15. Kvavadze EV, Connor SE (2005) Zelkova carpinifolia (Pallas) K. Koch in Holocene sediments of Georgia—an indicator of climatic optima. Rev Palaeobot Palynol 133:69–89CrossRefGoogle Scholar
  16. Kuftin BA (1949) Arkheologicheskaya marshrutnaya ekspeditsya 1945 goda v Jugoosetiju I Imeretiju [Archaelogical expedition in 1945 in Southoseti and Imereti]. Izdatel’stvo AN GSSR, TbilisiGoogle Scholar
  17. Lisitsina GN, Prischepenko LV (1977) Paleoetnobotanicheskie nachodki Kavkaza I Blizhnego Vostoka [Paleoethnobotanical finds in the Caucasus and Near East], Nauka, MoskvaGoogle Scholar
  18. Lominadze VP, Chirakadze GI (eds) (1971) Klimat I klimaticheskie resursy Gruzii [The climate and climatic resources of Georgia]. Gidrometeorologicheskoe izdatel’stvo, LeningradGoogle Scholar
  19. Lucas A (1958) Materiali I remeslennie proiavodstva Drevnego Egipta [Ancient Egyptian materials and industries]. Izdatel’stvo Unostrannoj literatury, MoskvaGoogle Scholar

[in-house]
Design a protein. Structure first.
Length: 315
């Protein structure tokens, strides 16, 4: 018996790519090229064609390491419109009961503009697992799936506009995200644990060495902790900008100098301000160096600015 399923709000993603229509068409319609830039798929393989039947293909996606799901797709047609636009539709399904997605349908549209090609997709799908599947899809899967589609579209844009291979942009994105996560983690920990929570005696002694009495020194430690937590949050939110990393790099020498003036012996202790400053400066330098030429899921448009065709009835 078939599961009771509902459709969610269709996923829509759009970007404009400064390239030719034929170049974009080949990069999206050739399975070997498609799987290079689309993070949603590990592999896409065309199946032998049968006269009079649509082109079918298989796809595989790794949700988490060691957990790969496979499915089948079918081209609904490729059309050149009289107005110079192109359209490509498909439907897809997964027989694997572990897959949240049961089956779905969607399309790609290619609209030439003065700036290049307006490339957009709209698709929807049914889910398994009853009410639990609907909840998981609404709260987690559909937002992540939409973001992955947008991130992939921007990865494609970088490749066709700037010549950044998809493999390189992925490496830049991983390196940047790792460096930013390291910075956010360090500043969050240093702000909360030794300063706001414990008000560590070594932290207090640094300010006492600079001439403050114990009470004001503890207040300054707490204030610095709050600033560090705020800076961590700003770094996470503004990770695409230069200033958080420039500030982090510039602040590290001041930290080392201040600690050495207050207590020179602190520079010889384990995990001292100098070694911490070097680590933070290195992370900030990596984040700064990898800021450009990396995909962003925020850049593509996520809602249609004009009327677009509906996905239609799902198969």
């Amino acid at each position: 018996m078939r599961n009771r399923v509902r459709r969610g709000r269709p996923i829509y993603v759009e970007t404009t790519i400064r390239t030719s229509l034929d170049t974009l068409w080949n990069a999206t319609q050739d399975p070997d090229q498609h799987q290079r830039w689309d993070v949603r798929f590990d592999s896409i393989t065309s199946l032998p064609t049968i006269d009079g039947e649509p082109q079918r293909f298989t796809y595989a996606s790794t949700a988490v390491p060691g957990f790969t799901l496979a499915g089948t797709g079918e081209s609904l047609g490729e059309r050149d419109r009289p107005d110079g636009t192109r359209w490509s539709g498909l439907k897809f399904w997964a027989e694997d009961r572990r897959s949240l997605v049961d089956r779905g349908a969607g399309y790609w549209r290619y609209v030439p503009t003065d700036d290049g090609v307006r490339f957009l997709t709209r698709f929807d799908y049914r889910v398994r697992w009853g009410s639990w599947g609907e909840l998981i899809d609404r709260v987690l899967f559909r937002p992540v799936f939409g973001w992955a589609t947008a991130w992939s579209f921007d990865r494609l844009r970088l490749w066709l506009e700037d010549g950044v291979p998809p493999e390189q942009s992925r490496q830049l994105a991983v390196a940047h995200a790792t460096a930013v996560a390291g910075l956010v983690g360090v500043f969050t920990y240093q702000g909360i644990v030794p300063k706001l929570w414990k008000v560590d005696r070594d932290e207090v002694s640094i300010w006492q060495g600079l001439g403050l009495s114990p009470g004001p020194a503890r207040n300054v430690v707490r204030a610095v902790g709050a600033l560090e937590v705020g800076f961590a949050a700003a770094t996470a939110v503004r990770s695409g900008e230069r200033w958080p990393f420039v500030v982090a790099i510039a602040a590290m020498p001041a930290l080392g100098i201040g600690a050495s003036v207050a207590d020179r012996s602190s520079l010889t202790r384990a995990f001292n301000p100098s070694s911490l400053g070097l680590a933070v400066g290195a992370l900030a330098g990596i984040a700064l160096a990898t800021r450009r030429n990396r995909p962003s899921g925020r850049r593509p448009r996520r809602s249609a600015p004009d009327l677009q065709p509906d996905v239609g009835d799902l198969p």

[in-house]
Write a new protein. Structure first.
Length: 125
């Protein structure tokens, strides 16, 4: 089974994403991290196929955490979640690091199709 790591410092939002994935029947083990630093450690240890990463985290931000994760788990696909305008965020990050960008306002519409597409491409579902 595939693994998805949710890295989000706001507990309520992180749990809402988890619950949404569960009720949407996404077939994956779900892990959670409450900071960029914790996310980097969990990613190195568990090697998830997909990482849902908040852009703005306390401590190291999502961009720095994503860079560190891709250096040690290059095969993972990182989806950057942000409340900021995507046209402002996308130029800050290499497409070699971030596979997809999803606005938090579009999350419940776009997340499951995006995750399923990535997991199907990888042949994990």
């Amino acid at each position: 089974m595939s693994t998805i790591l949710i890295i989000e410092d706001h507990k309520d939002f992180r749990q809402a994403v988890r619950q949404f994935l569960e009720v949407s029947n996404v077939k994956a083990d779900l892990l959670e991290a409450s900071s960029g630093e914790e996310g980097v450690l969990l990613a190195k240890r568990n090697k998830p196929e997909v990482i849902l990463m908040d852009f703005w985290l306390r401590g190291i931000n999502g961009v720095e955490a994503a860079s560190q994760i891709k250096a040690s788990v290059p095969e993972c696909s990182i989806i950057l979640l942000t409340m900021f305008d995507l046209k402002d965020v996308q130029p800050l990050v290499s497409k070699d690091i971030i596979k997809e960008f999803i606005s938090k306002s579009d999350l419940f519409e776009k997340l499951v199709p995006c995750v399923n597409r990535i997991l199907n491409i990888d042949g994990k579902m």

20. Maruashvili Ll (ed) (1971) Geomorfologiya Gruzii [Geomorphology of Georgia]. Metsniereba, TbilisiGoogle Scholar
  21. Mindiashvili GM (1993) Rannie kurgany Juzhnogo Kavkaza (sotsial’no-ekonomicheskij aspekt) [Early burial mounds of the southern Caucasus (social and economical aspect)]. Avtoreferat kandidatskoj dissertatsii, TbilisiGoogle Scholar
  22. Mindiashvili G, Murvanidze B, Ramishvili A, Chikovani G (2003) Arkheologicheskie raskopki na eksportnom truboprovode zapadnogo napravleniya 143-ego kilometra [Archaeological excavations on the export pipe-line of the west direction of 143 km. Pipe-line archaeology]. In: Licheli V (ed) Arkheologiya truboprovoda, vol II, Izdatel’stvo Tsentra Arkheolog. issledovanij. AN Gruzii, Tbilisi, pp 65–69Google Scholar